Logistics least important

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There are good conference speakers and not so good conference speakers. And, to be honest I don’t usually warm to speakers who start their presentations with the phrase “why talk about logistics – logistics is the least important part”.


However, when the speaker is Professor Jose Luis Nueno and he is talking about Zara, then it is worth listening.


The event was, of course, the Extended Supply Chain conference held last week at the Sofitel at Heathrow’s Terminal 5, and Professor Nueno was one among an outstanding line up of speakers – one of whom, Kevin O’Marah, chief strategy officer of AMR Research, set out to argue that supply chain should be seen as a competitive weapon.


Zara, part of the Spanish group Inditex, is renowned for using the agility of its supply chain to out-manoeuvre and out-perform its competitors. New designs are put into the stores on a weekly basis and the company can respond to the latest catwalk fashions in days.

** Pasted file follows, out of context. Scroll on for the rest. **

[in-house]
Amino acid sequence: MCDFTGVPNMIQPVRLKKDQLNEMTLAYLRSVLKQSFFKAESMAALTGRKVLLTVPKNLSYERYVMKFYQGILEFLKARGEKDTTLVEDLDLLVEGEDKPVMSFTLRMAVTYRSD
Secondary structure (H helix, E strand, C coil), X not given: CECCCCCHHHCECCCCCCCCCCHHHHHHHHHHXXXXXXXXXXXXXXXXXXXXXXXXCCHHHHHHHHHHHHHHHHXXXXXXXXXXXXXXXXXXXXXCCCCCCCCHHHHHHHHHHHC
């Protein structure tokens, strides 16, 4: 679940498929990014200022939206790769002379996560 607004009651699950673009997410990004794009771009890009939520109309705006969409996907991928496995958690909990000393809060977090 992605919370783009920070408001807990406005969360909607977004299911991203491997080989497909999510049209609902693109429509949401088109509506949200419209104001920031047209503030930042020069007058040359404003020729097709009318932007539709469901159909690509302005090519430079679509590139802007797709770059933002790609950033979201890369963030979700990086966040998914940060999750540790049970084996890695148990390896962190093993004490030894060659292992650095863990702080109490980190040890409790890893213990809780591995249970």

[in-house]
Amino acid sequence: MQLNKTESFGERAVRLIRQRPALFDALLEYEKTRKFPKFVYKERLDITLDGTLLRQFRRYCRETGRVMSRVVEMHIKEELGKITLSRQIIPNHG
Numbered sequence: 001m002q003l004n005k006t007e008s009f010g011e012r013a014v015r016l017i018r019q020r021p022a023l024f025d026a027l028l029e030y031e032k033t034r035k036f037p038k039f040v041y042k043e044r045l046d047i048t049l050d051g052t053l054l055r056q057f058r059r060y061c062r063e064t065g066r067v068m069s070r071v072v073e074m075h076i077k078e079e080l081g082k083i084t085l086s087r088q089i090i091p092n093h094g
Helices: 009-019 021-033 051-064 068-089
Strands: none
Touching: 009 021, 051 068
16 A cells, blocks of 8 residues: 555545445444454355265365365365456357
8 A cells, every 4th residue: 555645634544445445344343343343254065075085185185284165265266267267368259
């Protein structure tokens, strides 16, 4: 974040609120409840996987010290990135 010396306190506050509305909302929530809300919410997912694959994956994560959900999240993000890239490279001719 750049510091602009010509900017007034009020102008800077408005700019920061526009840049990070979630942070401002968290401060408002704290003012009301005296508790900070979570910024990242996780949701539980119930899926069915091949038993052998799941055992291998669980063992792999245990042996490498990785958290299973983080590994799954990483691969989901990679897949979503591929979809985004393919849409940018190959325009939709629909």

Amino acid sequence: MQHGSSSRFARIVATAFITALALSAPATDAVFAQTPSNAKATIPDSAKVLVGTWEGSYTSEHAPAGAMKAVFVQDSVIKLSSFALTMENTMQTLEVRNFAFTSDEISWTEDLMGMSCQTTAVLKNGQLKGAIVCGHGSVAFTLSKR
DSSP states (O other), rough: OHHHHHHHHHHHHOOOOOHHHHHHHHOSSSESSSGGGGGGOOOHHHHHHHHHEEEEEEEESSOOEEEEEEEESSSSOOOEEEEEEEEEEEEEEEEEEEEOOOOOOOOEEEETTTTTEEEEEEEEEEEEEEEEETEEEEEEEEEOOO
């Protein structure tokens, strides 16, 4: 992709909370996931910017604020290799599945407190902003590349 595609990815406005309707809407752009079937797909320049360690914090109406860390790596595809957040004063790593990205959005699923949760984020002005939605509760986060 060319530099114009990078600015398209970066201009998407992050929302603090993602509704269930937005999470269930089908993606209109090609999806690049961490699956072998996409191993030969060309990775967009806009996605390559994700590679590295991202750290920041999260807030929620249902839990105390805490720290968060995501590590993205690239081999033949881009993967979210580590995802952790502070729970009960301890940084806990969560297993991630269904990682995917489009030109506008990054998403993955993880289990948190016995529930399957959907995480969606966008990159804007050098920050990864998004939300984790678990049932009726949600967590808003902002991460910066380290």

And if you think it takes some impressive logistics to achieve all that – you’d be right. So why did Professor Nueno talk about it as the least important part?


The answer lies in how you define “important”. Professor Nueno was at pains to make it clear that the group regards logistics as important – very important.  But for Zara, of course, the starting point has to be the product.


Kevin O’Marah’s argument is that all too often supply chain is seen as simply a cost centre. And while some more forward thinking organisations might think of it as an enabler, too few understand the potential of effective supply chain management to achieve competitive advantage.


Perhaps this has something to do with the fact that some of the people who manage their logistics most effectively refer to it as “the least important part”.

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